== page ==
There was a time when Aiden Moffett doubted his own ability to become a Division I baseball player.
“I was banking on going junior college because I would get down about myself,” Moffett said. “I was not expecting to get D1 attention. Then, it went crazy in a short period of time.”
Despite having his sophomore season at Taylorsville (Miss.) High cut short in mid-March because of the coronavirus pandemic, Moffett prepared to pitch this summer with the Louisiana Knights’ 16U Black team.
Moffett, a 6-foot-3, 210-pound right-hander, credited a span in May and June when he pitched in showcase events in Emerson, Ga. and Hoover, Ala. It unlocked the door on his recruiting process that led to an offer from LSU and his subsequent commitment to the Tigers’ recruiting Class of 2022.
“LSU was the one (scholarship offer) I was waiting for,” said Moffett, also an offensive lineman/defensive end on Taylorsville’s football team. “I knew at the end of the day I would regret not taking this offer and not being able to play at my dream school.”
Moffett, the Taylorsville staff ace, went 2-1 in three appearances this past abbreviated season with a 0.88 earned run average with 23 strikeouts and 12 walks in 16 innings.
A year ago as a freshman during Taylorsville’s march to the Class 2A South Championship, Moffett was 1-1 and had a 2.20 ERA with 52 strikeouts and 22 walks as the team’s No. 3 starter. He also batted .315 with five doubles, two homers and 27 RBIs for his team which finished 27-10.
Those accomplishments flew under the radar until Moffett recently turned his attention to the summer and a travel ball season with the Mandeville-based Louisiana Knights.
Moffett, the state’s of Mississippi’s No. 16 prospect in the Class of 2022, had remained active during the pandemic. He prepared for summer play by throwing bullpens in which he reached between 88-91 miles-per-hour, or about where he began his sophomore season.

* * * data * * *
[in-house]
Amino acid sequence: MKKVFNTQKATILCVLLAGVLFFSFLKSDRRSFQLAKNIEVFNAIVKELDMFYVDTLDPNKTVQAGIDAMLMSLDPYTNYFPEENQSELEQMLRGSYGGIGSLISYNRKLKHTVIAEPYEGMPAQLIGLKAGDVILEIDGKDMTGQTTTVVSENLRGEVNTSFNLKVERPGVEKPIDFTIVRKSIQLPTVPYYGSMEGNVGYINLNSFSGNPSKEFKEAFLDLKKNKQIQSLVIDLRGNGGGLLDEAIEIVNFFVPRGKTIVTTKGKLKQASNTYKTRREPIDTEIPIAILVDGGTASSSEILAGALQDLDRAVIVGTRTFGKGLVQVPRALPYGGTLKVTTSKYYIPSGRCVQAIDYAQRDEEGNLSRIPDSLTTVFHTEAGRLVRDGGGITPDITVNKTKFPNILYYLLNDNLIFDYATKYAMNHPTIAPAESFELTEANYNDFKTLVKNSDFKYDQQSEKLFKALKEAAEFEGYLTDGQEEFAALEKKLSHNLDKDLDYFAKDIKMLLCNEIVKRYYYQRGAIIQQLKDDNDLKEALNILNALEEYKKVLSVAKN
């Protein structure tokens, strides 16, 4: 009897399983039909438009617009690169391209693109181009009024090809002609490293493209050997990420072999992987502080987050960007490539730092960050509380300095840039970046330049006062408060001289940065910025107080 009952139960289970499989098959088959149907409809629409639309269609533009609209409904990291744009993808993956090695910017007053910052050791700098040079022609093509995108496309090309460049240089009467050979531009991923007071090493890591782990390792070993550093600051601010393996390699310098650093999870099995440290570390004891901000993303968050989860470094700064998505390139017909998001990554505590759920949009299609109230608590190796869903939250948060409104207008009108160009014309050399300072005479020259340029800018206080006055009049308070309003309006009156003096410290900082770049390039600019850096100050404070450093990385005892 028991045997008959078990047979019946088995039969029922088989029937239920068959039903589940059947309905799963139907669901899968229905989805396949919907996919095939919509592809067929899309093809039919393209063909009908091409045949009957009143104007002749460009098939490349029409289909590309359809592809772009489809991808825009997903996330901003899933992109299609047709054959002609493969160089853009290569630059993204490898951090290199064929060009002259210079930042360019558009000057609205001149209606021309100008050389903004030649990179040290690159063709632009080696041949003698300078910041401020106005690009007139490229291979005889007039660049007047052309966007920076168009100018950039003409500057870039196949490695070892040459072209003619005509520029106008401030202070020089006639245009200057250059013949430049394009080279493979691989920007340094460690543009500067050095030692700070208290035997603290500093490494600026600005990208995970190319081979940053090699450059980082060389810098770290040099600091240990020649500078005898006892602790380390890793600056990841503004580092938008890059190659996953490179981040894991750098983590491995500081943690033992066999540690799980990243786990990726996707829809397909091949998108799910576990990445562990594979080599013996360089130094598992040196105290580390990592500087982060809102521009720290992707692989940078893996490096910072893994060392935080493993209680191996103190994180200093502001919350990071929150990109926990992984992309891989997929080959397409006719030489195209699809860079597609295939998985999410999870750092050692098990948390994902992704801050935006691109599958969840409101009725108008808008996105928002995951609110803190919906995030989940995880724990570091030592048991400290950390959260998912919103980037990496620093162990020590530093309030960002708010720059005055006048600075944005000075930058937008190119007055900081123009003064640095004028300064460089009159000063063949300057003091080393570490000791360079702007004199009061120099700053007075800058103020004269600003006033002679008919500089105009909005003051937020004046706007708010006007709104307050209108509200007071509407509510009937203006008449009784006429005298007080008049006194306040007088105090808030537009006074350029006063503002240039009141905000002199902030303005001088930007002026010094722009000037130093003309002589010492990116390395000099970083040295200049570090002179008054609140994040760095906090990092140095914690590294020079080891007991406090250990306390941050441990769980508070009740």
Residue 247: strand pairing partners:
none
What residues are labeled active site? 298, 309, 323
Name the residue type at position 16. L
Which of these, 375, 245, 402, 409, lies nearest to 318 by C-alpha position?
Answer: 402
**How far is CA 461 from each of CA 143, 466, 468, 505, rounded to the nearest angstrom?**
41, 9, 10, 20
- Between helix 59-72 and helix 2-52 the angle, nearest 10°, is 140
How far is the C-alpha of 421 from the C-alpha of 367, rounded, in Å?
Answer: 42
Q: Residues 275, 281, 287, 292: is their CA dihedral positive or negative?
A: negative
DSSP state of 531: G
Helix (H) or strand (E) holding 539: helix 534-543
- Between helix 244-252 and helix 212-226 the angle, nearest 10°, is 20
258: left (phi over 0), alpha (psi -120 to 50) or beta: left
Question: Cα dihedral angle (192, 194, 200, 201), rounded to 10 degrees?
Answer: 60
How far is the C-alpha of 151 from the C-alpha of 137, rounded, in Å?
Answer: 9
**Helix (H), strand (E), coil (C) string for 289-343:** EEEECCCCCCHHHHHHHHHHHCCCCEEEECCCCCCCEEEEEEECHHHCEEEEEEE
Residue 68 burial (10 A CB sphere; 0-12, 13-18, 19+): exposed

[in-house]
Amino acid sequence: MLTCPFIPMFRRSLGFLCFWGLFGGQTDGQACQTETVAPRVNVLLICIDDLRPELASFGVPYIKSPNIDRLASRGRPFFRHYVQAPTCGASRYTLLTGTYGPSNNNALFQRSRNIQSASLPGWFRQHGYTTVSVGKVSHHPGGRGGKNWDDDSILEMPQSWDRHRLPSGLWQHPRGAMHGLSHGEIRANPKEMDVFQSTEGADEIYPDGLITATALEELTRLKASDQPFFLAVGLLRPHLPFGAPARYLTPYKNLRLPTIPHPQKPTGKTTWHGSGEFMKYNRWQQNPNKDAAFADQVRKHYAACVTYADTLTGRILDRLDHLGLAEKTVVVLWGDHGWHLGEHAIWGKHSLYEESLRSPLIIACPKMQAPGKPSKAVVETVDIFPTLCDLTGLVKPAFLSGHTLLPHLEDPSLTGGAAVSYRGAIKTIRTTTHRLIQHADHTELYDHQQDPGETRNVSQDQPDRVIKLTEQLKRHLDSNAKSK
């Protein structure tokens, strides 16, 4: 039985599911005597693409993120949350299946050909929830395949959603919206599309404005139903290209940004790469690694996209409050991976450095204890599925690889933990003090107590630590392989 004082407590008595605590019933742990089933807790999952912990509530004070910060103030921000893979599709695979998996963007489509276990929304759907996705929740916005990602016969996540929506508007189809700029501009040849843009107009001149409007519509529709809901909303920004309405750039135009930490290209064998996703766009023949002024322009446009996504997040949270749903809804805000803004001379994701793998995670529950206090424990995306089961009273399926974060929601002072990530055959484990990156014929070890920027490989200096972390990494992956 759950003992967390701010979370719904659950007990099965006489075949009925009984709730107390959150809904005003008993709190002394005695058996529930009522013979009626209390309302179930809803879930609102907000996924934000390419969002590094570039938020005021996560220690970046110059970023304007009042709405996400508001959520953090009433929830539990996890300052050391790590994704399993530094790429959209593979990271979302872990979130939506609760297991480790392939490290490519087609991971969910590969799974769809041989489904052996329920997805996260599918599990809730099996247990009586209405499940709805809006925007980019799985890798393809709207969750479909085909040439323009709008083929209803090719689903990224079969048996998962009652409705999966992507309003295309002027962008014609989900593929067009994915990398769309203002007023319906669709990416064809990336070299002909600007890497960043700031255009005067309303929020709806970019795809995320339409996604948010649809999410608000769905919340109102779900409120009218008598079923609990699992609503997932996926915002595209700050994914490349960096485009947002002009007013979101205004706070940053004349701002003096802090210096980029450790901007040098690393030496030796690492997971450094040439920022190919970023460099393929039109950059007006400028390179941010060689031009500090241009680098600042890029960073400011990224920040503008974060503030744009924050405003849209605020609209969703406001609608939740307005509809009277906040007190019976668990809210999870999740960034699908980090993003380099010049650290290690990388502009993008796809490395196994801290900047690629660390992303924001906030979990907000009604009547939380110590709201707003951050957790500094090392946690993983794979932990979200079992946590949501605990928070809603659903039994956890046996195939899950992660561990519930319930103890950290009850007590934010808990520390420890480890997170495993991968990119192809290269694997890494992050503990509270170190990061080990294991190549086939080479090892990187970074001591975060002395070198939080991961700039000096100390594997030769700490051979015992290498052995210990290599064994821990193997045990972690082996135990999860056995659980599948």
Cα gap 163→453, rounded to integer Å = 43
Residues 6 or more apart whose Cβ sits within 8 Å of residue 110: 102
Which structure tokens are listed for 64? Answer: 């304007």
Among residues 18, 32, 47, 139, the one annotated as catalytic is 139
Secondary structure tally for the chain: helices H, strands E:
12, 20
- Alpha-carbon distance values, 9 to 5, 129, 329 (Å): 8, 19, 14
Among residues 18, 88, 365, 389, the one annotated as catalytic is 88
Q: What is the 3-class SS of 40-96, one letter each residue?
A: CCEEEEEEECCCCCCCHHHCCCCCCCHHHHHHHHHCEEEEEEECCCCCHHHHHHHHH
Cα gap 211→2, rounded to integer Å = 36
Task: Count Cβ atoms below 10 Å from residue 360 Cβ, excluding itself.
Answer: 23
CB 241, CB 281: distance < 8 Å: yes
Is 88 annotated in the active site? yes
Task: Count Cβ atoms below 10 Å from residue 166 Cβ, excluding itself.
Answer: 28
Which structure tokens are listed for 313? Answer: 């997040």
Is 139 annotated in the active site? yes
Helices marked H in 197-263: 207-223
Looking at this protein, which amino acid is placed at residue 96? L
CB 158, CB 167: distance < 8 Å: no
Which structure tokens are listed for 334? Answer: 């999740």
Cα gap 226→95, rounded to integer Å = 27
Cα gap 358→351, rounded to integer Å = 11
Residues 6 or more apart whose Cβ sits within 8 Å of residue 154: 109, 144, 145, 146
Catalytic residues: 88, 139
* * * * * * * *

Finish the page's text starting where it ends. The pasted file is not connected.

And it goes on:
Not only had he maintained his fastball speed, but he continually developed secondary pitches. His improved slider and curveball showed up big at the U16 Elite Championships and U16 Perfect Game Elite Championships.
Once word of Moffett’s exploits reached social media, interest from college coaches soon followed.
Louisiana Knights president and Los Angeles Dodgers scout Jack Cressend kept Moffett abreast of his rising interest, shuttling messages from college coaches to get Moffett to call them when available.
Moffett received his first three scholarship offers on June, 15, first from Southern Mississippi followed by Texas A&M and UL-Lafayette. A day later, Louisiana Tech followed.
Then, there were three more over the next week including LSU, a place Moffett’s older brother regarded as a ‘dream’ school because of his fascination with the Tigers football program.
“My brother kind of built me up as a Tigers fan around six years old,” he said. “He loved LSU football and I started liking it. Then, I started liking LSU baseball. He kind of got me into it and I’ve been a diehard Tigers fan since.”
In the COVID-19 world, college recruiting has looked noticeably different. The NCAA’s dead period has been extended through August, prohibiting coaches from attending summer events and having face-to-face contact with players.
“I’ve gone to Perfect Game the last two years and there was nothing but scouts,” said Moffett, who will pitch with the Louisiana Knights in upcoming events this month in Atlanta and Lake Charles. “This year it was parents and little kids.”
Host sites are live streaming the majority of its games, enabling college coaches to watch keep a watchful prospects of interest. It’s something LSU told about Moffett before of one of his starts.
His offer from the Tigers came later the same day after he pitched.
“One thing that LSU liked was that I worked out of a lot of jams,” said Moffett, noting his improved mental toughness from when he was younger during similar challenging scenarios. “I was sitting up to 91-92 but if I got into a jam, I never folded.”
Moffett also maintained composure when he was extended an offer to become a member of the Tigers baseball program. It didn’t take him long to commit, given the reverence he held for LSU.
“Oh my God, is this real?,” he said of LSU’s offer. “The dream school’s trying to recruit me. It was very overwhelming. The second time I talked to (LSU) Coach (Paul) Mainieri, I had my mom with me on the phone. He wanted me to be 100 percent sure when I committed.
“It’s just different there, the life from those 8 to 10,000 people. It’s amazing. I wanted to have that feeling of having all of those people behind me. It’s a dream and right now that dream’s coming true.”
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